A House, Hospitality, and Honor

Photo: Janet Peterson

My Daily Word for today is Hospitality. It’s also the one year anniversary of my parents buying this house for my brother as he was transitioning through a divorce. A year later, I’m contemplating hospitality in a house we purchased from my parents and all I’m left with from my brother are memories by which to honor him. It’s been a tough year full of transitions and lots of hospitality.

There’s a classic hospitality passage in the Bible:

Do not neglect to show hospitality to strangers, for by doing that some have entertained angels without knowing it. ~ Hebrews 12:2

Hospitality is an ancient cultural norm that has lost most of its heritage, at least in this country. Ironically, hospitality was an important part of the survival of the Mayflower newcomers, the pioneers of the frontier in the westward expansion, and those riding the rails looking for work during the Depression. Sharing food, providing shelter, taking in strangers while they healed was all a part of what was expected of any decent person.

Hospitality is also a central theme that runs from the very first book – Genesis -through the very last book – Revelation – in the Bible. A thorough study of hospitality is beyond the scope of this blog post, but suffice it to say it is right up there with loving your neighbor. In fact, it is wrapped up in, and as essential as, loving your neighbor because part of the Greek word for hospitality (philoxenia) is the word stranger (xenia; and where we get xenophobia). God has always been big on a stranger as a friend not yet met.

While modern day hospitality may look more like a social get together among friends, sometimes it is family just gathering together to heal. That’s what a lot of our hospitality has been this year: my family gathering together for birthdays and holidays, Mother’s Day and Father’s Day, and any other occasion that presents itself. Our house is the hub and my brother Vic has drawn us together, even though this is not longer his house and he is no longer with us.

Even though this was his house, he really didn’t have much of anything of his in it. My sister’s living room furniture is still here from when they moved it for him to use. Some of the cast off furniture his friends gave him is still here. The few items of his that he did have when he separated went back to the family home. He wasn’t here long enough to truly make it his own home.

Sam and I moved here from Texas and we didn’t bring much with us. We haven’t yet made this our home, partly for financial reasons and partly because of something deeper, I’m sure. Yet, we are glad to house and feed family who come. We’re really looking forward to the end of November when we’ll celebrate Thanksgiving, my son’s birthday, our granddaughter’s birthday, and my mother’s birthday.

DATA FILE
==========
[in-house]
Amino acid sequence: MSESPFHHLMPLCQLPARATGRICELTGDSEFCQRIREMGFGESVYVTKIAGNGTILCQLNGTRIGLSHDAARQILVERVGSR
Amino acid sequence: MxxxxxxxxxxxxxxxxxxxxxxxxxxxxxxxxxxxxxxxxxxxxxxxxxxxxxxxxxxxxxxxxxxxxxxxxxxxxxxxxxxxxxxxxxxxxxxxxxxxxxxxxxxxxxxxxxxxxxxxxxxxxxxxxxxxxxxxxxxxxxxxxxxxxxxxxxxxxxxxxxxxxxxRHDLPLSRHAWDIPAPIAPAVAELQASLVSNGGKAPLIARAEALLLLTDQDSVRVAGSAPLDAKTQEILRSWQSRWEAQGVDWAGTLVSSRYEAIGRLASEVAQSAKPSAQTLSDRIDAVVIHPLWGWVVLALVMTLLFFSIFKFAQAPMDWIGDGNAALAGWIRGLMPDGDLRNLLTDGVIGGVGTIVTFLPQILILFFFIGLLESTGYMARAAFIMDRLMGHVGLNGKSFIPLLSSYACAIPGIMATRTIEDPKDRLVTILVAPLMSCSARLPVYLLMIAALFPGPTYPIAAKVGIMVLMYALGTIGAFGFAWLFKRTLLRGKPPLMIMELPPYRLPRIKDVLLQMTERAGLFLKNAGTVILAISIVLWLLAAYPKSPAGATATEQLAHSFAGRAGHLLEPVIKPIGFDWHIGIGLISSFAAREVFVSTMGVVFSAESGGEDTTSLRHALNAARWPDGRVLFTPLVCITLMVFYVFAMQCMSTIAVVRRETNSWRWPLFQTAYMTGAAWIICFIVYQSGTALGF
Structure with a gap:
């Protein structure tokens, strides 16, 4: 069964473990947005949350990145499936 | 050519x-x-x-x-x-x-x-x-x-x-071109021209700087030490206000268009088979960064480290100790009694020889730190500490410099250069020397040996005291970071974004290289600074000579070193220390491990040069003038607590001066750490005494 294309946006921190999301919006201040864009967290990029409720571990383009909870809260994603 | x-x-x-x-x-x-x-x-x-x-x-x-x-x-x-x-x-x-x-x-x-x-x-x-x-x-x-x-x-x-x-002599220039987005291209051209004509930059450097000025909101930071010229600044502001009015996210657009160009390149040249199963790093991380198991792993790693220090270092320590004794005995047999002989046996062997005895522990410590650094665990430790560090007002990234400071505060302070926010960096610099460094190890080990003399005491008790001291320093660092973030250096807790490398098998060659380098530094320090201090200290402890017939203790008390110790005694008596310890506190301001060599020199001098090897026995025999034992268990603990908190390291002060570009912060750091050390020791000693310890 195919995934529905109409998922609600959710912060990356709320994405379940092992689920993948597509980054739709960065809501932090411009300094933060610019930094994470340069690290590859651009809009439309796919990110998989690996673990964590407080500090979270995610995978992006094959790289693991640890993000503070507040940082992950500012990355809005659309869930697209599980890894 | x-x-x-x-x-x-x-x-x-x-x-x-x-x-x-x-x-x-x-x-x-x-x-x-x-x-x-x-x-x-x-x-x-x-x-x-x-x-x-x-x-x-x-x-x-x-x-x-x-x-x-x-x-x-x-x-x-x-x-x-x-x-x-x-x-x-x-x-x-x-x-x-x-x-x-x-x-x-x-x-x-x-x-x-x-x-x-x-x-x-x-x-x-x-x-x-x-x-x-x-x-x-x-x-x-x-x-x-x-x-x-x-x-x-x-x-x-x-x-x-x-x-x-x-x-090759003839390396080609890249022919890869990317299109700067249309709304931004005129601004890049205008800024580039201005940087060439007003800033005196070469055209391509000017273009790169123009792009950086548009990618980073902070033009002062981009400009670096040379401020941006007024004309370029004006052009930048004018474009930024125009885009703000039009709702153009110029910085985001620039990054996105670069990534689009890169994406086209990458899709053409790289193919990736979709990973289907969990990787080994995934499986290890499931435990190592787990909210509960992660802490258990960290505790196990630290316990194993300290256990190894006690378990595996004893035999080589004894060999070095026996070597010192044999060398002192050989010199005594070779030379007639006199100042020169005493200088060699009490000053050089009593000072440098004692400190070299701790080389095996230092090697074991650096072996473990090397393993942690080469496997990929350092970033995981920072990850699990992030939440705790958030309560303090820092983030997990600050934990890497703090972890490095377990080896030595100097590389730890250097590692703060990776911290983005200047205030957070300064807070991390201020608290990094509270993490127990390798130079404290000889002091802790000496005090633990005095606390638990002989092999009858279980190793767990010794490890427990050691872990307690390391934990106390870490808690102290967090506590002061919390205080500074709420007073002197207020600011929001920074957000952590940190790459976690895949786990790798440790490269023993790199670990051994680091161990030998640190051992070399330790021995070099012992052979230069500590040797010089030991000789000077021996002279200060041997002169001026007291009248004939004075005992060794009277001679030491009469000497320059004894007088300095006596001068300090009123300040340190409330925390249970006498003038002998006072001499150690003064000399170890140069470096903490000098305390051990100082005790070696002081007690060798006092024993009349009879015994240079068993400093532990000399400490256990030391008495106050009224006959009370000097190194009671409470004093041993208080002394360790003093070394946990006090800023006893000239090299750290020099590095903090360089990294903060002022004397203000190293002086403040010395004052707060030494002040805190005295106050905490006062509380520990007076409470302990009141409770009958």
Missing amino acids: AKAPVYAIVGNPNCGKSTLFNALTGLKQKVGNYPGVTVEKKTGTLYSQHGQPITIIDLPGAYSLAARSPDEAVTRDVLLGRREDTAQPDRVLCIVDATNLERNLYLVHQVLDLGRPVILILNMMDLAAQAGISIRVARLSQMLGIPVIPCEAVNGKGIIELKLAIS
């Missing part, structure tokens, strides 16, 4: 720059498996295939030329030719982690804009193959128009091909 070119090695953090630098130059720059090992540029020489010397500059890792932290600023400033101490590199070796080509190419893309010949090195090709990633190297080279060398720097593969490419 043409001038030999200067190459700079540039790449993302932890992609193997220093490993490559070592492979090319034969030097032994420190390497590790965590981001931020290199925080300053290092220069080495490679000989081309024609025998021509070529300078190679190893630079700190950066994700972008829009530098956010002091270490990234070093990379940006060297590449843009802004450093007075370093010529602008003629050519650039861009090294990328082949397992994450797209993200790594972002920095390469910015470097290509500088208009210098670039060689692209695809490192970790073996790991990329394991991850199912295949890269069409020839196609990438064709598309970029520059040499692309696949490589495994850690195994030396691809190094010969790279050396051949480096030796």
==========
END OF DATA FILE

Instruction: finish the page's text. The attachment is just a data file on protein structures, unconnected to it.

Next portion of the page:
And then we will face the anniversary of my brother’s death. My sister and I are already talking about it, but being aware of what’s coming never really prepares you for what will be. I’m sure we’ll all be wrecks as we go through it together.

The quote I selected for hospitality in the Daily Word is a Jewish proverb:

Hospitality is one form of worship.

Hospitality, like worship, gathers humanity together to be feed, to be sheltered, and to heal. When we do, we honor each other and the God whose love is poured out for all of us, bringing strangers together as family.

4 Replies to “A House, Hospitality, and Honor”

  1. Ok so this caughte totally by surprise when j was reading it on my lunch break at work and I wanted to cry. I would not be where I am today if it was not for the hospitality of Linda and Sam thru the long winter months after Vic was gone. Though they were my greatest support , I do hope, at least in some all way, I may have been a support to them as well. Having my brother’s( now Linda and sam’s ) house as the hub of family activity truly does seem appropriate. Though Vic is no longer here – the tragedy around our loss of him has brought us that much closer together as a family. Though his children do not choose to participate in activities at Linda and SAMs , or with the family in general, Vic’s family of origin is bound together stronger than ever by the emptiness he once so boisterously filled.

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